A reading of the oeuvre of Toni Morrison ― fiction, non-fiction, and other ― drawing extensively from her many interviews as well as her primary texts. The author aligns Morrison's novels with the works of Virginia Woolf and William Faulkner, assessing her works as among the most innovative, and most significant, worldwide, of the past fifty years.
I wanna back to the islands
Where the shrimp boats tie up to the pilin'
Gimme oysters and beer For dinner every day of the year
and I'll feel fine I'll feel fine
Rocksteady is officially Monty Alexander's recording. His deal with Telarc, now being realized, was that he record a straight jazz recording and then one of his own choosing. This is the latter. Mr. Alexander, along with his Jamaican brother Ernest Ranglin, turns his attention to the ska music of their young adulthood. And this music absolutely smacks of the islands. Few musical styles can conjure temporal images the way ska and reggae do for salty sea air, rum, and smoke. Honored here is the ska heyday of the late 1960s and early 1970s, the music of Toots and the Maytals, The Blues Blasters, Theophilous Beckford, and Derrick Harriott.
For those listeners expecting reggae, modify your expectations. This music is a humid mixture of island music, American R&B and Soul, and Afro-Cuban jazz, and pop shined through the distinctly Jamaican cultural prism, producing this rich, sexual music. Little of Monty Alexander?s jazz chops are present, as I am sure was his design. Instead the pianist becomes a groove merchant establishing commerce with his partner in crime, guitarist Ernest Ranglin, whose role is to play funk master to Alexander?s relentless groove.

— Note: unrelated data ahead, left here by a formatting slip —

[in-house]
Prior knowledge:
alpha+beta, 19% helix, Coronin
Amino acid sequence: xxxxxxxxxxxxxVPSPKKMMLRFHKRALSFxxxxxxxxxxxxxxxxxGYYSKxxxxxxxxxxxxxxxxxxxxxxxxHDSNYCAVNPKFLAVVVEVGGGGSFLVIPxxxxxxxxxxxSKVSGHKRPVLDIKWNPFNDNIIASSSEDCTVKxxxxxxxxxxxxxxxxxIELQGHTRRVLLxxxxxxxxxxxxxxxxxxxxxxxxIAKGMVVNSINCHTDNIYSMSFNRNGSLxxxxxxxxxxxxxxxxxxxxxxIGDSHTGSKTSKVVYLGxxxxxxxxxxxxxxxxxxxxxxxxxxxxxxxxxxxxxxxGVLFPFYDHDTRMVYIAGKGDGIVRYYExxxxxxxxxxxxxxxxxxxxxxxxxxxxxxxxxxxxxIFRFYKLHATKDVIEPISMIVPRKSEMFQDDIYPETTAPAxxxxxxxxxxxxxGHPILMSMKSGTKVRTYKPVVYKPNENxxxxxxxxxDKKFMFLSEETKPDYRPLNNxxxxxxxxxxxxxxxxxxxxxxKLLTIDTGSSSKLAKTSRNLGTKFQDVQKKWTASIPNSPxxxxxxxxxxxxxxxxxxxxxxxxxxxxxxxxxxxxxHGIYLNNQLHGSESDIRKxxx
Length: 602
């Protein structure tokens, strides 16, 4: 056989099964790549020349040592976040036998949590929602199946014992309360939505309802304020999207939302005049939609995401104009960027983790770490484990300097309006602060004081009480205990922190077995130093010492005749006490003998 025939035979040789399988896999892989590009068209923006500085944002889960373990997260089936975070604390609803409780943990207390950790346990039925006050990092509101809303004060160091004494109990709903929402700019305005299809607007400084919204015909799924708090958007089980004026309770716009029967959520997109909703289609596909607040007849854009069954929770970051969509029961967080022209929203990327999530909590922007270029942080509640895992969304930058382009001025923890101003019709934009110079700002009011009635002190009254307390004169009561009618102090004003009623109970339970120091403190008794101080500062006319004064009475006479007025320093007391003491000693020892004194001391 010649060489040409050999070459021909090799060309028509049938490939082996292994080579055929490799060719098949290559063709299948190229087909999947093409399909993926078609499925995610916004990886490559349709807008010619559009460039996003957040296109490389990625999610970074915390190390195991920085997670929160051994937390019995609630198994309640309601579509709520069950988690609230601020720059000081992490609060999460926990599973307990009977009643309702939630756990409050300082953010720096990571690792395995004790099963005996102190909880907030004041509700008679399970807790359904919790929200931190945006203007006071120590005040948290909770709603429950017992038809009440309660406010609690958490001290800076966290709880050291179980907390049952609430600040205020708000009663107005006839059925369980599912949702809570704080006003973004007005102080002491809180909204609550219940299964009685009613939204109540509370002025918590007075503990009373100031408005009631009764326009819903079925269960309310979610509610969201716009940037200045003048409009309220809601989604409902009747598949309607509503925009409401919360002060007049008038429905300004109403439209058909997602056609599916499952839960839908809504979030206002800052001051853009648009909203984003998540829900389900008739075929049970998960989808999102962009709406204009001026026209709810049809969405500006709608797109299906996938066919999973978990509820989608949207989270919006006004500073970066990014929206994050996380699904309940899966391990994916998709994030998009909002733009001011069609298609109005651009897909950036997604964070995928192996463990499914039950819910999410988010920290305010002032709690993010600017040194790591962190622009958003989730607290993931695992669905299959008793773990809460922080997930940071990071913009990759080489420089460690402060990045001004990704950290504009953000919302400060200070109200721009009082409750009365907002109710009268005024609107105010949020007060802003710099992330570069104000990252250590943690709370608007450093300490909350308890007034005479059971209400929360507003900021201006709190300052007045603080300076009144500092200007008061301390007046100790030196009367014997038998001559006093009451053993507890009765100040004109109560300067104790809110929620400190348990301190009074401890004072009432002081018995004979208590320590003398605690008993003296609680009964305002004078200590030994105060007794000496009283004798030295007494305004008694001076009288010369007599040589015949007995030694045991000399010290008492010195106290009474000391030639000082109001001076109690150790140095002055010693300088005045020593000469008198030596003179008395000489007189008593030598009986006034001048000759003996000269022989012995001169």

The disc was recorded live in the studio with no overdubs, providing this music with the necessary “live” feel. This is serious music that will make one smile and hope that Mr. Alexander provides us more.
An insane hunter arranges for a ship to be wrecked on an island where he can indulge in some sort of hunting and killing of the passengers.
The Swiss cellist Christian Poltéra here performs works by Frank Martin, Arthur Honegger and Othmar Schoeck. This follows a series of discs from Poltéra that were dedicated to these three composers. His disc of Frank Martin’s music (BISCD1637) was a Gramophone Editor’s Choice.
Frank Martin's long, quietly productive career reflected a quest to reconcile creative imperatives with stylistic integrity in an era of unprecedented technical challenges, experiments, and fragmentation. A conventionally trained musician would have been less liable to brook such challenges as an ethical dilemma or to see in them an almost paralyzing array of possibilities, while Martin, the tenth child of a Calvinist pastor, felt both keenly. Martin began composing at 8, was overwhelmed by a performance of Bach's St. Matthew Passion at 10, and by his 16th year knew that music was his destiny. While formally studying mathematics and physics at his parents' behest, he pursued music privately with ………From Allmusic